Sander is Director of Technology at Picnic —the Dutch online grocery scale-up— building Java-based systems at scale. He also is a Java Champion and author of the O'Reilly book 'Java 9 Modularity' (see javamodularity.com). As an avid conference speaker, Sander loves sharing knowledge, also through his blog at http://branchandbound.net and as Pluralsight instructor.
David Starr has worked in technology leadership positions for over 20 years. He specializes in agile software development practices, patterns and practices, and judicious application of various technologies within development teams. He works to improve the profession of software development as an author, trainer, and Azure architect.
He is a 5 time Microsoft MVP in Visual Studio and a technical instructor with Pluralsight where he focuses on the software development practices and developer tool... moreing curricula. David blogs at ElegantCode.com, is a frequent contributor at conferences and a frequent writer. He has successfully led many product development teams and is a technical learning professional.
David lives in Seattle, Washington with his wife and four children, where he spends time being a dad and creating software.
Passionate about programming computers for over 20 years, Jose made his debut in assembler and C, C for SIMD parallel machines before adopting Java as an object-oriented language, indispensable to most major modern applications. He brings his expertise and capacity for analysis and synthesis to many projects, mainly in the lower layers, close to the data, but also on complex UI design, or in the browser. PhD in applied maths and computer science, assistant professor in Paris North University for... more 15 years, Jose also has a passion for education and knowledge transfer. He writes a blog, Java le soir, French documentary source on Java technologies for thousands of french speaking developers around the world. He is a member of the french Paris Java User Group, and co-organizer of the conference Devoxx France.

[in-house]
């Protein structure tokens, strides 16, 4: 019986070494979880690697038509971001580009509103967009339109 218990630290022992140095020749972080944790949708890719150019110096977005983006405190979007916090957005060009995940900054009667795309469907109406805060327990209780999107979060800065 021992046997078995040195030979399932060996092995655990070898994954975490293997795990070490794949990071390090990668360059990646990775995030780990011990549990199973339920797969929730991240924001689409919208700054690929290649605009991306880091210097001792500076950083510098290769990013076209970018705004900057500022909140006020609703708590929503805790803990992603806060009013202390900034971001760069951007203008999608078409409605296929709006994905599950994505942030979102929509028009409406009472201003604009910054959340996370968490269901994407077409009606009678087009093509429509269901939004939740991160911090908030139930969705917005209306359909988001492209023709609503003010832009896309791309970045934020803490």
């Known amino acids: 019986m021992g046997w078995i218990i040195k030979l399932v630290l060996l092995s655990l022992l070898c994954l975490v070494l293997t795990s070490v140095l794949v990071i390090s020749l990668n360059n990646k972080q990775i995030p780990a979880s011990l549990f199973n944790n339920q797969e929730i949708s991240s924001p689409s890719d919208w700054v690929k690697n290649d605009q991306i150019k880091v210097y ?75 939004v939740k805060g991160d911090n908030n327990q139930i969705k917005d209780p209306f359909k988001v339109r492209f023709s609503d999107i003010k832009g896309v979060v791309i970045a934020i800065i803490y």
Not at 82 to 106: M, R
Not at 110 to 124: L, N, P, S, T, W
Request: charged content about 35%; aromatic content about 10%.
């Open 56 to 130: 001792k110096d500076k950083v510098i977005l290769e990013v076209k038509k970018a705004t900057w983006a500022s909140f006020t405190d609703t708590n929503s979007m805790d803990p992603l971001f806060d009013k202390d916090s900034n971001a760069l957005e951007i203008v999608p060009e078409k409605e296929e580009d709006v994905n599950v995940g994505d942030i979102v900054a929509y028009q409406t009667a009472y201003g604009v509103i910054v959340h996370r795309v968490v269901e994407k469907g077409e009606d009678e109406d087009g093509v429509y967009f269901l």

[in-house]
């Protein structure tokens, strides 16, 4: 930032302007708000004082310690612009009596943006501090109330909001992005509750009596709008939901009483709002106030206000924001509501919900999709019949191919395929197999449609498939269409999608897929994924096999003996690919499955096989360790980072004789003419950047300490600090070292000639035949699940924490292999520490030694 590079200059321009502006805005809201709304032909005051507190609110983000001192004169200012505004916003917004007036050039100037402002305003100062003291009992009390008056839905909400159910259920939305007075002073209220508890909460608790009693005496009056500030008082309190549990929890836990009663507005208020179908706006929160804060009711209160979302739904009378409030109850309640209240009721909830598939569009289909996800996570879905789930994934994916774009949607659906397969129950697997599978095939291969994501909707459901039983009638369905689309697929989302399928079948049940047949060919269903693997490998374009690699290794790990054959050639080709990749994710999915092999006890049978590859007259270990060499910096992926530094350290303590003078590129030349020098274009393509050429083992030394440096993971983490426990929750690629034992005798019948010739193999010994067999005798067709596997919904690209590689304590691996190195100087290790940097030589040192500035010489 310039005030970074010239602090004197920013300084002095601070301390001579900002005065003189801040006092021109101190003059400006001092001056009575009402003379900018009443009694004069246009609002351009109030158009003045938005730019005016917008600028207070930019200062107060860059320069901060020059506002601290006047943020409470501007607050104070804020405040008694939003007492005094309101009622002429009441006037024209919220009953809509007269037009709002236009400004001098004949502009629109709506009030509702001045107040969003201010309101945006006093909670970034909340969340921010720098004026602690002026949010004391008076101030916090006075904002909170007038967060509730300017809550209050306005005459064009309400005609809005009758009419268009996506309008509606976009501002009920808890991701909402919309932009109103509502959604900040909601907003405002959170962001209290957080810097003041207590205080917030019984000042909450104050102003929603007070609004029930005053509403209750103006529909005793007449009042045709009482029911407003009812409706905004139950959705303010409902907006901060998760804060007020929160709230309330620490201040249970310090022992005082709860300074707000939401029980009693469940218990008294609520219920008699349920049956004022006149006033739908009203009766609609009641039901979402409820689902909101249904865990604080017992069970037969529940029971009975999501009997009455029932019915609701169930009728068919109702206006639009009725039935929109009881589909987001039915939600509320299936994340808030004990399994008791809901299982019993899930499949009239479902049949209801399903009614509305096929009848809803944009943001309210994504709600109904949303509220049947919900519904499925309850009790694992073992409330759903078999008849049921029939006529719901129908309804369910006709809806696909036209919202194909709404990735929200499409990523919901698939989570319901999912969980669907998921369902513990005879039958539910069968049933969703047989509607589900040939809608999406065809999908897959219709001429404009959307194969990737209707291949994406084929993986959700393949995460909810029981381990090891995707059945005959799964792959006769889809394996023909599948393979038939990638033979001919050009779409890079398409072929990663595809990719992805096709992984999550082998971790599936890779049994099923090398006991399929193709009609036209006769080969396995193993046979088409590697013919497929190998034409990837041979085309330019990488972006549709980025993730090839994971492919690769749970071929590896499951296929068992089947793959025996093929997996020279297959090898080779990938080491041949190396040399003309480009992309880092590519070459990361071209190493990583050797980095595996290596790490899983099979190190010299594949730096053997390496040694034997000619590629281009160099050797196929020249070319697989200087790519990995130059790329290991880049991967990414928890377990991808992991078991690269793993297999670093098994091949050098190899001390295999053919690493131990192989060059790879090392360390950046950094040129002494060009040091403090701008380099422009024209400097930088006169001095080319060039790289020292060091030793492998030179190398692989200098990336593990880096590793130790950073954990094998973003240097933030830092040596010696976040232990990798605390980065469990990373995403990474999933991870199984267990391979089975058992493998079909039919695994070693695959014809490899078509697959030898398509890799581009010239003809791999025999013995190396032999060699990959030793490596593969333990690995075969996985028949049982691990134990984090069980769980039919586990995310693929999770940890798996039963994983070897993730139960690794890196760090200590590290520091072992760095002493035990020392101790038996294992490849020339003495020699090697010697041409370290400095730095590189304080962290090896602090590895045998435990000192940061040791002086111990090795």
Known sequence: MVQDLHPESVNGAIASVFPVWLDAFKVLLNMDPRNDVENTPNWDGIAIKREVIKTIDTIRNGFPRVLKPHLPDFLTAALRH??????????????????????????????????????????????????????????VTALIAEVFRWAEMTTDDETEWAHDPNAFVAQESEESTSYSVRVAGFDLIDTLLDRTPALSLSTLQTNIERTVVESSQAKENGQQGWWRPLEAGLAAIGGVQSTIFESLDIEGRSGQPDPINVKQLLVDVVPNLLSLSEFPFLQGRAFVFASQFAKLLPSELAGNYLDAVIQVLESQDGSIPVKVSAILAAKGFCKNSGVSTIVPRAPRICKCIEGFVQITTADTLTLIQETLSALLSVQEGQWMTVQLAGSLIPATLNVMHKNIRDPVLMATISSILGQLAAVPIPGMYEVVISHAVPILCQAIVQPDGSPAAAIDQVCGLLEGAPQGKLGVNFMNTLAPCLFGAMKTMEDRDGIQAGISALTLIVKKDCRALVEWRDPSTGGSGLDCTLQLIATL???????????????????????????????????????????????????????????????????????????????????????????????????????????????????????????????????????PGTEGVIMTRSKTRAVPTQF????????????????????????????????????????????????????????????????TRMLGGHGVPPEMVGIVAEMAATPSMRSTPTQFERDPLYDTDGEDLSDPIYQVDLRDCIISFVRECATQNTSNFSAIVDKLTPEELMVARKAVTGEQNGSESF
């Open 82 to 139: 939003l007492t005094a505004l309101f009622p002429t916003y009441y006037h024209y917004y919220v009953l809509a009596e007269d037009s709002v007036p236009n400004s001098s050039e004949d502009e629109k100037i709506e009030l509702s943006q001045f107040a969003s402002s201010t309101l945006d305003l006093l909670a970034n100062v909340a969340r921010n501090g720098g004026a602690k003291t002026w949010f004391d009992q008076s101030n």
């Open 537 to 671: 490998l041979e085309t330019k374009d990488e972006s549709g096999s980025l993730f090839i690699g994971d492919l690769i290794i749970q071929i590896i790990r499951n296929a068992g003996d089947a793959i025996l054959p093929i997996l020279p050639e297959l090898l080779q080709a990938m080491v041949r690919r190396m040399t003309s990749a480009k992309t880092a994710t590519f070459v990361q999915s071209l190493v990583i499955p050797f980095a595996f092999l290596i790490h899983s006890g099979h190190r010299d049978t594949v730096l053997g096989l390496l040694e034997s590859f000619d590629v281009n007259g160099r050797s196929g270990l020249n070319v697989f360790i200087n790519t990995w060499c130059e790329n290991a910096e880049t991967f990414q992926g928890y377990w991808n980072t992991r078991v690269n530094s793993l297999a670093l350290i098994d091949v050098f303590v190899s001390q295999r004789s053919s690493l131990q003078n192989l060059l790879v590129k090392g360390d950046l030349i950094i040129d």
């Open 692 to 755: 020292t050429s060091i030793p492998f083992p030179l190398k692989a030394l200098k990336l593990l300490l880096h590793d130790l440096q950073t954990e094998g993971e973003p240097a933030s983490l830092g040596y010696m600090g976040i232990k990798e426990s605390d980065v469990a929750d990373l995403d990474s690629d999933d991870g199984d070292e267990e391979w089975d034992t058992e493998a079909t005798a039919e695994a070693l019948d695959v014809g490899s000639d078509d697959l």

Tod is a Senior Software Engineer at Pluralsight. In the past, Tod specialized in business database applications and embedded software for limited-production laboratory instruments. These days he’s mostly working in Node.js creating TypeScript based solutions. Tod has been happily married and living in Southern California for almost as long as he’s been programming.
Bryan is a Director at Software Technology Group, a consulting company based out of Salt Lake City, and has authored and taught numerous courses in Java. Over the years, Bryan has taught courses on Java Certifications, JPA, Hibernate, Spring, Spring MVC, Spring JDBC, Maven, RESTful Services, Selenium, Automated Testing, CAS, and various security topics.
A long time ago in a university far, far away Kevin fell in love with programming. Initially on the university's DEC20 computer doing BASIC and Pascal and a little bit of Fortran. His first job had him writing batch PL/1 on an IBM mainframe where he also discovered the arcane delights of JCL. He soon realized the multiuser systems were not for him after discovering the delights of dBase IV on IBM PCs. From here it was all downhill as he became addicted to C and the Windows API. Just missing out ... moreon coding for Windows 1, he did code for the other 16 bit versions of Windows, 2 and 3, including the various network-ready versions. He still remembers the awkwardness of having to carry an IBM Token Ring MAU with him wherever he went.
After trying to pretend that Windows and C were really object oriented he decided that it would be better to learn C++. It was around this point that he realized that as well as writing code for a living he could be paid for telling people how to write code for a living. He taught Windows, MFC and C++ for a UK training company before his spirit was broken on the back of the OLE support in MFC when he finally stepped away from the nightmare of unmanaged code to the nirvana of the managed runtime called Java.
It was at this time that he spoke at several JavaOne conferences usually on the subject of Servlets, JavaServer Pages and tag libraries. After buying the Sun employees copious amounts of Apple Martini Kevin was invited onto the expert groups for the Servlet and JSP specifications.
Oh, how he laughed when .Net appeared and the same arguments raged about non-deterministic destruction and garbage collection that were now so old hat in the Java world. He finally got his hands dirty in C# and .Net about eight years ago, again working in the web tier and hating every minute of the using the monstrosity that was and is ASP.Net Web Forms. It wasn't until MVC appeared that he finally felt he had come home to Microsoft.
He still retains his passion for developing and teaching; spending about a quarter of the year doing the latter and most of the time doing the former.
When not stuck in front of a computer you can find him: with his nose in a book, a good one preferably, but almost any book would do; watching a film; walking; running; or annoying his wife by watching sports on television.